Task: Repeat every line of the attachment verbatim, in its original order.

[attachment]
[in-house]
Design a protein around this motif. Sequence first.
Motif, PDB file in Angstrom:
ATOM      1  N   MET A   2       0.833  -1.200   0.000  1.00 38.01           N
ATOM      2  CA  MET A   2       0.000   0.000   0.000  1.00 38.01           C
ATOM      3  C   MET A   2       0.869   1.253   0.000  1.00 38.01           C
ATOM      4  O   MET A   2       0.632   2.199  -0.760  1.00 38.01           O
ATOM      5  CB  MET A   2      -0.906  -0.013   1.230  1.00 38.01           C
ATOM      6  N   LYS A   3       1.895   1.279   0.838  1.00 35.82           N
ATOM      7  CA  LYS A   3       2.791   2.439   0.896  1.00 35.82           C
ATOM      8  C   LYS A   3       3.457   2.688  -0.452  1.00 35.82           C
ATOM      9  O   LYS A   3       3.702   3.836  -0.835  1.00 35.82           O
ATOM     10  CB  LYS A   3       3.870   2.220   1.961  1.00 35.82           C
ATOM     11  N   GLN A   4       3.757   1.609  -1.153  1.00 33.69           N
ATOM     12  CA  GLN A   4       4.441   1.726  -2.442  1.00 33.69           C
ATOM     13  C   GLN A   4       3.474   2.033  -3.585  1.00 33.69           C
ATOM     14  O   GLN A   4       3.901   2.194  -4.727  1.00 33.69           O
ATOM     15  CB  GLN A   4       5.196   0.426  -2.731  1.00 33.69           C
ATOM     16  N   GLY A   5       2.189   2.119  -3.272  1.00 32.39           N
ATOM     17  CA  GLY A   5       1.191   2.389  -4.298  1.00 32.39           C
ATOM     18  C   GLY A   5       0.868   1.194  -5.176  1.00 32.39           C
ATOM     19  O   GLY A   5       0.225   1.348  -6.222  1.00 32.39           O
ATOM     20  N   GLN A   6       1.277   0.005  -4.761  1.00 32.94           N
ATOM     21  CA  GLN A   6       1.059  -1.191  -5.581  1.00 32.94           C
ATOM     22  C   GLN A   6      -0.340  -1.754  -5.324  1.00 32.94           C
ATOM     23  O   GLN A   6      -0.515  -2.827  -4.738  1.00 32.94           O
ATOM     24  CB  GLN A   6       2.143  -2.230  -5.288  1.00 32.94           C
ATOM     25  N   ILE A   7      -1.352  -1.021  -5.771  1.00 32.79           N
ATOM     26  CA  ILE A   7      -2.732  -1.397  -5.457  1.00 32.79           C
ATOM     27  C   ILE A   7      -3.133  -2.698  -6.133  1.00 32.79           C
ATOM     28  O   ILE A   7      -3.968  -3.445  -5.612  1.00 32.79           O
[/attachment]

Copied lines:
[in-house]
Design a protein around this motif. Sequence first.
Motif, PDB file in Angstrom:
ATOM      1  N   MET A   2       0.833  -1.200   0.000  1.00 38.01           N
ATOM      2  CA  MET A   2       0.000   0.000   0.000  1.00 38.01           C
ATOM      3  C   MET A   2       0.869   1.253   0.000  1.00 38.01           C
ATOM      4  O   MET A   2       0.632   2.199  -0.760  1.00 38.01           O
ATOM      5  CB  MET A   2      -0.906  -0.013   1.230  1.00 38.01           C
ATOM      6  N   LYS A   3       1.895   1.279   0.838  1.00 35.82           N
ATOM      7  CA  LYS A   3       2.791   2.439   0.896  1.00 35.82           C
ATOM      8  C   LYS A   3       3.457   2.688  -0.452  1.00 35.82           C
ATOM      9  O   LYS A   3       3.702   3.836  -0.835  1.00 35.82           O
ATOM     10  CB  LYS A   3       3.870   2.220   1.961  1.00 35.82           C
ATOM     11  N   GLN A   4       3.757   1.609  -1.153  1.00 33.69           N
ATOM     12  CA  GLN A   4       4.441   1.726  -2.442  1.00 33.69           C
ATOM     13  C   GLN A   4       3.474   2.033  -3.585  1.00 33.69           C
ATOM     14  O   GLN A   4       3.901   2.194  -4.727  1.00 33.69           O
ATOM     15  CB  GLN A   4       5.196   0.426  -2.731  1.00 33.69           C
ATOM     16  N   GLY A   5       2.189   2.119  -3.272  1.00 32.39           N
ATOM     17  CA  GLY A   5       1.191   2.389  -4.298  1.00 32.39           C
ATOM     18  C   GLY A   5       0.868   1.194  -5.176  1.00 32.39           C
ATOM     19  O   GLY A   5       0.225   1.348  -6.222  1.00 32.39           O
ATOM     20  N   GLN A   6       1.277   0.005  -4.761  1.00 32.94           N
ATOM     21  CA  GLN A   6       1.059  -1.191  -5.581  1.00 32.94           C
ATOM     22  C   GLN A   6      -0.340  -1.754  -5.324  1.00 32.94           C
ATOM     23  O   GLN A   6      -0.515  -2.827  -4.738  1.00 32.94           O
ATOM     24  CB  GLN A   6       2.143  -2.230  -5.288  1.00 32.94           C
ATOM     25  N   ILE A   7      -1.352  -1.021  -5.771  1.00 32.79           N
ATOM     26  CA  ILE A   7      -2.732  -1.397  -5.457  1.00 32.79           C
ATOM     27  C   ILE A   7      -3.133  -2.698  -6.133  1.00 32.79           C
ATOM     28  O   ILE A   7      -3.968  -3.445  -5.612  1.00 32.79           O